The Greatness and Frailty of Human Nature
Psalm 40:17
But I am poor and needy; yet the Lord thinks on me: you are my help and my deliverer; make no tarrying, O my God.

Human life, in its frailty, exposure, brevity, could not be more aptly described than it is here — "poor and needy." And yet, if man occupies a place in the Divine Mind, if God, who made him, thinks of and cares for him, he is great, and he may be rich and strong.

I. MAN'S FEELING OF POVERTY AND NEED. Had we been less rich, we had not been so poor; less richly endowed, we had been more at ease. It is because man has reason, conscience and affections that he feels thus. The brute may groan; the man weeps.


1. There is much in the events of life which makes it hard for a man to believe in this assurance. We read of explosions, cyclones, hurricanes, and our faith staggers. One man makes a mistake in his calculations, and hundreds of brave, unoffending men sink like a stone in the depths of the sea. Where is the evidence, we are tempted to ask, of the Divine regard for individuals? But when we express the conviction that God thinks of us, we are not therefore bound to vindicate His ways, or fathom the designs of His inscrutable providence. The declaration of the text is a flashing avowal of faith in the midst of much that is mysterious.

2. I think it is harder to grasp this great truth because of the massing together of great multitudes of people in our modern towns and cities. Every person in that enormous crowd has his own little world of interests, duties, affections, associations. Is it possible, can it be, that He from His throne "beholds all these dwellers upon earth"? Truly the Lord has much to see to, and there are many beds in the wards of the world. And yet to reason so is to attach the ignorance and the limitations of the finite mind to a mind which is infinite.

3. The deeper insight which man has to-day into the vastness of the universe makes it harder for us to realize the great truth of the text. In view of the wonders of astronomy what a pigmy is man! And yet, if myriads of ages have been required in which to make this earth a suitable residence for man, it may be that God has some regard for him. True, he is a reed, but, as Pascal said, he is a thinking reed, and the God who made him to think may think of him,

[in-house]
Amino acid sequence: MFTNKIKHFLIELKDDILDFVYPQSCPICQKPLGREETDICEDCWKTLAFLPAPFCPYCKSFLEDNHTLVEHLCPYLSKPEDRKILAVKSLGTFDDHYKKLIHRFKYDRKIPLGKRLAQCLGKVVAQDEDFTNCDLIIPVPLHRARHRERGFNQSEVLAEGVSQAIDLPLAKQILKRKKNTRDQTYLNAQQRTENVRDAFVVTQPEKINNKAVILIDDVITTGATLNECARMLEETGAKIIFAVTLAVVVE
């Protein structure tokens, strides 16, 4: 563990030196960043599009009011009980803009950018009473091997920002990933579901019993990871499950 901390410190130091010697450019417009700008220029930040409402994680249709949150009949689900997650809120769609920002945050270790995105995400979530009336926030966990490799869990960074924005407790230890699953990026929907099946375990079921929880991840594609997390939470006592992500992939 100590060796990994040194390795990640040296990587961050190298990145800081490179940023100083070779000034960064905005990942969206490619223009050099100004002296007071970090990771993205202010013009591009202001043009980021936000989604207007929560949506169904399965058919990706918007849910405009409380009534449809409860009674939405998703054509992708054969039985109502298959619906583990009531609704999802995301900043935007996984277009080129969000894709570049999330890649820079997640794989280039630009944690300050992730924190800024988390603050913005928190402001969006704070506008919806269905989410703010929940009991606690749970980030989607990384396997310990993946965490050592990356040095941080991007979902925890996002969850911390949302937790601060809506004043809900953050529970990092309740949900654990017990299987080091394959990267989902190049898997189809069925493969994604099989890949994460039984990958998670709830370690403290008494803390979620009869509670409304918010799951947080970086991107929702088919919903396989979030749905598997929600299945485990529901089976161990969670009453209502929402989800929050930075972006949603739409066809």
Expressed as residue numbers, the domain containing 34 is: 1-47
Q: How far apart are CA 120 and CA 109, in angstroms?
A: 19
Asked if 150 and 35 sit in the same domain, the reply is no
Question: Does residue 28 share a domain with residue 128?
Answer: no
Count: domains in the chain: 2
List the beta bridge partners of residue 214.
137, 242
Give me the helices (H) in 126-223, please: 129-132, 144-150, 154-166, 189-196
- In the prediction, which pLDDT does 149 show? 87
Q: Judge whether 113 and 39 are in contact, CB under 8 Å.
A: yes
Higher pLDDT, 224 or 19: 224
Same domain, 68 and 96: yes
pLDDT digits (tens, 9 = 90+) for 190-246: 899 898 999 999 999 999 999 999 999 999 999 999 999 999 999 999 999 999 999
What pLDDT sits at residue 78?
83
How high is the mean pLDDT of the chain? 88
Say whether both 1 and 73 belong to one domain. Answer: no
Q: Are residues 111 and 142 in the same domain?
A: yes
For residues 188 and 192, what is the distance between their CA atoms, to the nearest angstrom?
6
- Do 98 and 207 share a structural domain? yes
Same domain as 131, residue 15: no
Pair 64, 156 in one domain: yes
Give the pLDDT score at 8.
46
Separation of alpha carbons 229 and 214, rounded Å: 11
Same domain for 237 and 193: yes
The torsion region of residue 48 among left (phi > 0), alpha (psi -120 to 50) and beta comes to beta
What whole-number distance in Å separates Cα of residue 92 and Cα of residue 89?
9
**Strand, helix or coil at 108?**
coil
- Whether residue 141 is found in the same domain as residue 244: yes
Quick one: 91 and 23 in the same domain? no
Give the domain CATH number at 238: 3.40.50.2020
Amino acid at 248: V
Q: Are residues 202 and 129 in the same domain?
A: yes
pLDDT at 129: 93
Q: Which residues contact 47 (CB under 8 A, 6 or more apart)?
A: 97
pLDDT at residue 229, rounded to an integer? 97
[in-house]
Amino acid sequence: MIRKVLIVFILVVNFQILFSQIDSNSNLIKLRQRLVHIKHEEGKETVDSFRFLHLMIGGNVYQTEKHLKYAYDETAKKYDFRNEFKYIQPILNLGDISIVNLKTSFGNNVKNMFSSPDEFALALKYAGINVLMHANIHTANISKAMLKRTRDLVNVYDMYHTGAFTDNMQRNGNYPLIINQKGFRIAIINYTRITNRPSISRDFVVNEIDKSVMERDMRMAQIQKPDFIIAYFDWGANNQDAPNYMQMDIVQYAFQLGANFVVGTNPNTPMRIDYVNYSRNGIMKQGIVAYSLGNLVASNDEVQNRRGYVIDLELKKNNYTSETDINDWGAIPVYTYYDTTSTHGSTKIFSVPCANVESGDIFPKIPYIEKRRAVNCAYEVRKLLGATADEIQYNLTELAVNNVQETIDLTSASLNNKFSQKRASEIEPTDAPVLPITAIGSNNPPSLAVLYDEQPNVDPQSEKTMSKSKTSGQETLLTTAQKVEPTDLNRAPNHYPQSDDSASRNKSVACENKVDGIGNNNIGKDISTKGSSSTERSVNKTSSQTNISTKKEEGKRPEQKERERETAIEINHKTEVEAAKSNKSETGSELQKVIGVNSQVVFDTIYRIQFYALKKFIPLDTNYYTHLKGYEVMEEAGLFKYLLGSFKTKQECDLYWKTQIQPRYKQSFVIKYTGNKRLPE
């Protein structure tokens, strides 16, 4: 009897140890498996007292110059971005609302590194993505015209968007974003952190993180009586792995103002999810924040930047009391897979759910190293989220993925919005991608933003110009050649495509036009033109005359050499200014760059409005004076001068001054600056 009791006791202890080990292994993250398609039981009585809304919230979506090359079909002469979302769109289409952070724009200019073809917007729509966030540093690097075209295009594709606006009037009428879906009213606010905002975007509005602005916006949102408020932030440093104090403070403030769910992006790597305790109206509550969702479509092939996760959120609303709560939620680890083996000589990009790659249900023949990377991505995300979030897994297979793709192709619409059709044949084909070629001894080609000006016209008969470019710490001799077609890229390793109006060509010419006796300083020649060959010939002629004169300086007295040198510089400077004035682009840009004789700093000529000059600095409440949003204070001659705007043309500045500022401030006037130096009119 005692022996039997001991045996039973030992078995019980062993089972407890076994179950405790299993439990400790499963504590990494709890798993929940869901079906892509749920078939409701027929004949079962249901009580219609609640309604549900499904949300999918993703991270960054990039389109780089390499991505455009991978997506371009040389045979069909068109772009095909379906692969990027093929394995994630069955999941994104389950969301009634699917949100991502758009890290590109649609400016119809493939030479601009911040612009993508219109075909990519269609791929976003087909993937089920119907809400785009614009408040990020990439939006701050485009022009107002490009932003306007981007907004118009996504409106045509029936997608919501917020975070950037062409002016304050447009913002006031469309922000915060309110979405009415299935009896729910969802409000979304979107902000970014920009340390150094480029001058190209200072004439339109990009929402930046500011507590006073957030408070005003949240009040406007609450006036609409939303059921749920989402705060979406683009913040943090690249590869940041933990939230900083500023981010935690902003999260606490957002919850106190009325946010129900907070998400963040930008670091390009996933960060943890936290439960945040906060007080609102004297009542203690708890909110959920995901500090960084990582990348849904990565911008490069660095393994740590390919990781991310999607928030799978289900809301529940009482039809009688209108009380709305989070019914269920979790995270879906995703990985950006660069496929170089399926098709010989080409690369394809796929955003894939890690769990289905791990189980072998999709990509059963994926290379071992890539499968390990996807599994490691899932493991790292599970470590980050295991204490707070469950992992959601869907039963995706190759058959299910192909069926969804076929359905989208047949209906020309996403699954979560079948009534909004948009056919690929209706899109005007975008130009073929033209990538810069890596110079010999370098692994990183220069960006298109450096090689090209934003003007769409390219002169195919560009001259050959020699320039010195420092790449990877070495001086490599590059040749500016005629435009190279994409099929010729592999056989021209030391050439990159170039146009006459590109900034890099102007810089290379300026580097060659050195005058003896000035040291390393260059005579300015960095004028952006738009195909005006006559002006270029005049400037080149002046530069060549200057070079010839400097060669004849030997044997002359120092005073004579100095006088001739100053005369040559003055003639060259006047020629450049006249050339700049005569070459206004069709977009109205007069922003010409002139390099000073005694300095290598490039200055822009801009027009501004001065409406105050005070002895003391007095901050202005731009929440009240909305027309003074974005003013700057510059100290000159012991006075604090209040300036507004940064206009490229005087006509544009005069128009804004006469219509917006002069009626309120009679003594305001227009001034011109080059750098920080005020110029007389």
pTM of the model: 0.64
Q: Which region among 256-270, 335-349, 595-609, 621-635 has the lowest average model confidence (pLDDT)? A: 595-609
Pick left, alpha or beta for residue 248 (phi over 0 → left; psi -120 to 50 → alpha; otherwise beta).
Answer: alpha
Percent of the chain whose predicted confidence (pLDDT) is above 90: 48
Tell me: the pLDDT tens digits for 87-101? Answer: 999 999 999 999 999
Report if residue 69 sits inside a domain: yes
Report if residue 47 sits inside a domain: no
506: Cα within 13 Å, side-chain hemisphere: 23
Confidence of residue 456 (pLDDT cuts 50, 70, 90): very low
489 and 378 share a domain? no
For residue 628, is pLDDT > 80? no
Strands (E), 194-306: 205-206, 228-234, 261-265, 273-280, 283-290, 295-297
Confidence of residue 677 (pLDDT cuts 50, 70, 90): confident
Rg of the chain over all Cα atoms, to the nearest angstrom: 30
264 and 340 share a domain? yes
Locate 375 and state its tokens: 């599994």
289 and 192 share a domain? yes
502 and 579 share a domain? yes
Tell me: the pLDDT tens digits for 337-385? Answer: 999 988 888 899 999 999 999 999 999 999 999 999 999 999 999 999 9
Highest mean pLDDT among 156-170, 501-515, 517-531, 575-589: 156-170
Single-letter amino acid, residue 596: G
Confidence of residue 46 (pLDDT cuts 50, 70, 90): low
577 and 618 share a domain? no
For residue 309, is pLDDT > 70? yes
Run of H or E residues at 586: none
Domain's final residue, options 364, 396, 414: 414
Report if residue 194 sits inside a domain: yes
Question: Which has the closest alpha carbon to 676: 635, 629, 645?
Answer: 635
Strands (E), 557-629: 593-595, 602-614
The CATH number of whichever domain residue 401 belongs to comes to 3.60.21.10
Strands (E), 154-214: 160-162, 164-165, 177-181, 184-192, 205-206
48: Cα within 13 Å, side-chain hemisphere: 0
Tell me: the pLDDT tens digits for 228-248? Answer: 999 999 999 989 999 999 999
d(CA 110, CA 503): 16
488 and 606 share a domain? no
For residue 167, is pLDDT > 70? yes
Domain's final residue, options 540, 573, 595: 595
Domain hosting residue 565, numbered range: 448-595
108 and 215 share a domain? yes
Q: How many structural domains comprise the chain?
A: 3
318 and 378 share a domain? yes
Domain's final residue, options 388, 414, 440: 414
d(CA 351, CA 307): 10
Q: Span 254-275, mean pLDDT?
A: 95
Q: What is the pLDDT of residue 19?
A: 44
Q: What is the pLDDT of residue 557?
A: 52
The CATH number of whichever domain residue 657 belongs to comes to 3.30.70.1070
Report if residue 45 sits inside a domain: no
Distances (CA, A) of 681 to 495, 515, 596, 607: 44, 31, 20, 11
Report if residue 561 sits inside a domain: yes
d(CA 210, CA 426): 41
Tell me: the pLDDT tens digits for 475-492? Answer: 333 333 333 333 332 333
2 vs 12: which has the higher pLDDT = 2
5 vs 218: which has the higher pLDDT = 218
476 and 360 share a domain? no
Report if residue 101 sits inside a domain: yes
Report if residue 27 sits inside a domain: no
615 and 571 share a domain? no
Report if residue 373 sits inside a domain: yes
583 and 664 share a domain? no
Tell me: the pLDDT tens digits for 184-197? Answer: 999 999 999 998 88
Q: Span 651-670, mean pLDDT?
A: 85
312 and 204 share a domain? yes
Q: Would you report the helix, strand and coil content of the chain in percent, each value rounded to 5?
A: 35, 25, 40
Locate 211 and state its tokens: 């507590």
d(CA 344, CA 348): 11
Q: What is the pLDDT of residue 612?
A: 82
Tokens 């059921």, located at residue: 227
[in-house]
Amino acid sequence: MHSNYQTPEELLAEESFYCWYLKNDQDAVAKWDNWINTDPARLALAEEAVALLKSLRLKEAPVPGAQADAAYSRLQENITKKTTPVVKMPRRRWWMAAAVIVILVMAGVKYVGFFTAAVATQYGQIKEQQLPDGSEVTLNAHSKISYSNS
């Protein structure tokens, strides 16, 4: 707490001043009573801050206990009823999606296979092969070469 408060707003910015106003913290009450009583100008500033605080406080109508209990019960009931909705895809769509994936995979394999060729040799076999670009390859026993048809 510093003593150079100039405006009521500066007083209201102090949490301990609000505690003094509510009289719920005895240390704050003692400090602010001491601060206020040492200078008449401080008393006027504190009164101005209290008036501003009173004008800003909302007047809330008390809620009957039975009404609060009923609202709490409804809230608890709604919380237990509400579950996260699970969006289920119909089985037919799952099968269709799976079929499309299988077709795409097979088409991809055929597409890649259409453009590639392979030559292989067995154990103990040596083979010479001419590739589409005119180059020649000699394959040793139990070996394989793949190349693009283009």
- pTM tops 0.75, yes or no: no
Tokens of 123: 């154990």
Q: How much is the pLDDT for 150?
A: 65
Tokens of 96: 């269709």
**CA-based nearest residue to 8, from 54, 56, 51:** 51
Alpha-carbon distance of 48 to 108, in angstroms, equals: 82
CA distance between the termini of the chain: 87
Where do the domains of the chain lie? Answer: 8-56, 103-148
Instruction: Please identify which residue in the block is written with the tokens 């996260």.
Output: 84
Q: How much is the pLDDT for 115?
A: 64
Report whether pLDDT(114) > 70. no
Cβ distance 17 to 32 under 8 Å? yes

4. Besides, the wonderfulness of the infinitely little is even greater than that of the infinitely great. God, who elaborates the planet, polishes the atom. If "He telleth the number of the stars, and calleth them by their names," why may not He think of man?

5. But does God think of man? We will go at once to the highest, the all-conclusive evidence. It is in Jesus Christ that we are sure of God. He is the embodied thought of God — the Word made flesh. He cared for individuals. Look at the teaching of Jesus Christ. "Ye are of more value than many sparrows." "The very hairs of your head are all numbered." "The Father Himself loveth you." Look at the Cross of Jesus Christ. If a man does that, if he yields to the love that has its eternal sign there, the last vestige of doubt will vanish, and he will cry, "He loved me, and gave Himself for me."

(J. Lewis.)

Parallel Verses
KJV: But I am poor and needy; yet the Lord thinketh upon me: thou art my help and my deliverer; make no tarrying, O my God.

WEB: But I am poor and needy. May the Lord think about me. You are my help and my deliverer. Don't delay, my God. For the Chief Musician. A Psalm by David.

The Good Man's Refuge in Affliction
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